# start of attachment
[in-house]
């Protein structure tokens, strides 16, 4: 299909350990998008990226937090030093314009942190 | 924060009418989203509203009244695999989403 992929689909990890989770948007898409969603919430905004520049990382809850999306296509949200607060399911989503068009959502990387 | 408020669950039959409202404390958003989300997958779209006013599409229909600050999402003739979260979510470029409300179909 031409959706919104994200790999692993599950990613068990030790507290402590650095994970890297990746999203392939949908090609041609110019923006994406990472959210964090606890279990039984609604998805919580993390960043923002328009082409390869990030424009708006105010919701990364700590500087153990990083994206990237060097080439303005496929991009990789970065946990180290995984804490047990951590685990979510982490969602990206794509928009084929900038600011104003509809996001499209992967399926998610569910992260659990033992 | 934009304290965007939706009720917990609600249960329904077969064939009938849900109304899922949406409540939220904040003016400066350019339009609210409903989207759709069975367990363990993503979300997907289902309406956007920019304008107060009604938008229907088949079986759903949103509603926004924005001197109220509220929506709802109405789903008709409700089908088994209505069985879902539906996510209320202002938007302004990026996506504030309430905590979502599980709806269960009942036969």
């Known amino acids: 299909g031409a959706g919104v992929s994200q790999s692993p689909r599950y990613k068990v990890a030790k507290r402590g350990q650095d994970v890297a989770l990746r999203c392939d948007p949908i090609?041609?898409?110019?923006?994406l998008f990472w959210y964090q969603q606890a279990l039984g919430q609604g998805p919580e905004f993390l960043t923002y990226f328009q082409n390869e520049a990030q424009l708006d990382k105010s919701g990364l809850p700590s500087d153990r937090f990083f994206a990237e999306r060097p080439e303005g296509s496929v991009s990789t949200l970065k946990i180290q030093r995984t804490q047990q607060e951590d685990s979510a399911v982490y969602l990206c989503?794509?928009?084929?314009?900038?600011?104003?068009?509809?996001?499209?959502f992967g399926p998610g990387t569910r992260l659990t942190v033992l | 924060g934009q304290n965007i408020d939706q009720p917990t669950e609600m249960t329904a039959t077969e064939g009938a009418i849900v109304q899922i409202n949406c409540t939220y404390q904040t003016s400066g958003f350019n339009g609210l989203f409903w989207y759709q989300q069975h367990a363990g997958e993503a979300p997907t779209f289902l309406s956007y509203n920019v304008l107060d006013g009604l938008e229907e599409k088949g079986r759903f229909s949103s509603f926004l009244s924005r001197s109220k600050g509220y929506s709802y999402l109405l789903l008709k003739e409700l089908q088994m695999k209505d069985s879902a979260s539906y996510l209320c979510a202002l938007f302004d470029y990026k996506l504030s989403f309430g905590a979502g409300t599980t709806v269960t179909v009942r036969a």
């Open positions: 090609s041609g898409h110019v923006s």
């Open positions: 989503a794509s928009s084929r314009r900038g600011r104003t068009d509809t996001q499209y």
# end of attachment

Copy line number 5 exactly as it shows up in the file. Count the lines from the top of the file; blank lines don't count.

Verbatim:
């Open positions: 989503a794509s928009s084929r314009r900038g600011r104003t068009d509809t996001q499209y």